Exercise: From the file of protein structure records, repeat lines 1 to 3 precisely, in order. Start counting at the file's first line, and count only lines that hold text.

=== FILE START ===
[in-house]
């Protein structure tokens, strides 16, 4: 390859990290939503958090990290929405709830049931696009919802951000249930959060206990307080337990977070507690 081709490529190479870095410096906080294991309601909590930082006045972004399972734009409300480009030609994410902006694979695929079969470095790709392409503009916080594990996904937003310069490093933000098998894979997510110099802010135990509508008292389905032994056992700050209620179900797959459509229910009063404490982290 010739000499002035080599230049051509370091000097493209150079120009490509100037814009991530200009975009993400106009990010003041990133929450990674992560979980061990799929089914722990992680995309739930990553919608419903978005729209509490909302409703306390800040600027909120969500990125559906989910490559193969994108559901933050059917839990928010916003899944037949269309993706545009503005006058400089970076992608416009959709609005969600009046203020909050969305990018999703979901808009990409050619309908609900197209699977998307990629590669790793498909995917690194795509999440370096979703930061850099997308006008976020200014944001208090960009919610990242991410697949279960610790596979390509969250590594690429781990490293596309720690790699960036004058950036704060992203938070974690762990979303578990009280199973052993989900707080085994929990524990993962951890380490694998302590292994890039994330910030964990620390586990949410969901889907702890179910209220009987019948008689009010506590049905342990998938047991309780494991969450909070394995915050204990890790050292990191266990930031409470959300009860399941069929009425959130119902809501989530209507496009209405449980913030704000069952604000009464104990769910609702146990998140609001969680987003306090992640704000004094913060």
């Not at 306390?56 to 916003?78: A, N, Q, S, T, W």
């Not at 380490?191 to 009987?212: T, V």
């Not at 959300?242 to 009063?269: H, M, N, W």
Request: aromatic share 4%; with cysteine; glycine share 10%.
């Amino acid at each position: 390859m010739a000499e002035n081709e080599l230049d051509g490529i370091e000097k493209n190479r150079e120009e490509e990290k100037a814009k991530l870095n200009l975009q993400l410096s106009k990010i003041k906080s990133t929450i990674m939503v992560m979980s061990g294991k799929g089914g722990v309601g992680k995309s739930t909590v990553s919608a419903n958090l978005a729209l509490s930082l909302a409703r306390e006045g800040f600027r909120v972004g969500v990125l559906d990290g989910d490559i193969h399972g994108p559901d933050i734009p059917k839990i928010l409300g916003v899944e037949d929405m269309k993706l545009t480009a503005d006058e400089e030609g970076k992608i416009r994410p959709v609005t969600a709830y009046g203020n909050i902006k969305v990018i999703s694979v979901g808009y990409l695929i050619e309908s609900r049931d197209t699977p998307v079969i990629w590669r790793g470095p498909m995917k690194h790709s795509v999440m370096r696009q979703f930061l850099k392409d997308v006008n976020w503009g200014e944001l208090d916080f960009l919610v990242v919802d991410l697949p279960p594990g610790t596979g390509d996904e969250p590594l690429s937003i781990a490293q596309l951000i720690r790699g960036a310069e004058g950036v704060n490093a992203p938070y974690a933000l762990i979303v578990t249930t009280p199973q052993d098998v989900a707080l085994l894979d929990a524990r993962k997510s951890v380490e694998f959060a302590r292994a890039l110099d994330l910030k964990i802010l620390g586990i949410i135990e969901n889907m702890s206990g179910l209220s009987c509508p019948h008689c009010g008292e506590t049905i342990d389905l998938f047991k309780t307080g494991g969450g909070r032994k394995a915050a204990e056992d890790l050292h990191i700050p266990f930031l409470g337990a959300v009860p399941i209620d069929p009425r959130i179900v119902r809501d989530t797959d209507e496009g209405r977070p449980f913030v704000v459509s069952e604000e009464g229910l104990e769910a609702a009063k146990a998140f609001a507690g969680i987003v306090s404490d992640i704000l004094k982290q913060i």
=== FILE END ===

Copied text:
[in-house]
């Protein structure tokens, strides 16, 4: 390859990290939503958090990290929405709830049931696009919802951000249930959060206990307080337990977070507690 081709490529190479870095410096906080294991309601909590930082006045972004399972734009409300480009030609994410902006694979695929079969470095790709392409503009916080594990996904937003310069490093933000098998894979997510110099802010135990509508008292389905032994056992700050209620179900797959459509229910009063404490982290 010739000499002035080599230049051509370091000097493209150079120009490509100037814009991530200009975009993400106009990010003041990133929450990674992560979980061990799929089914722990992680995309739930990553919608419903978005729209509490909302409703306390800040600027909120969500990125559906989910490559193969994108559901933050059917839990928010916003899944037949269309993706545009503005006058400089970076992608416009959709609005969600009046203020909050969305990018999703979901808009990409050619309908609900197209699977998307990629590669790793498909995917690194795509999440370096979703930061850099997308006008976020200014944001208090960009919610990242991410697949279960610790596979390509969250590594690429781990490293596309720690790699960036004058950036704060992203938070974690762990979303578990009280199973052993989900707080085994929990524990993962951890380490694998302590292994890039994330910030964990620390586990949410969901889907702890179910209220009987019948008689009010506590049905342990998938047991309780494991969450909070394995915050204990890790050292990191266990930031409470959300009860399941069929009425959130119902809501989530209507496009209405449980913030704000069952604000009464104990769910609702146990998140609001969680987003306090992640704000004094913060």
């Not at 306390?56 to 916003?78: A, N, Q, S, T, W």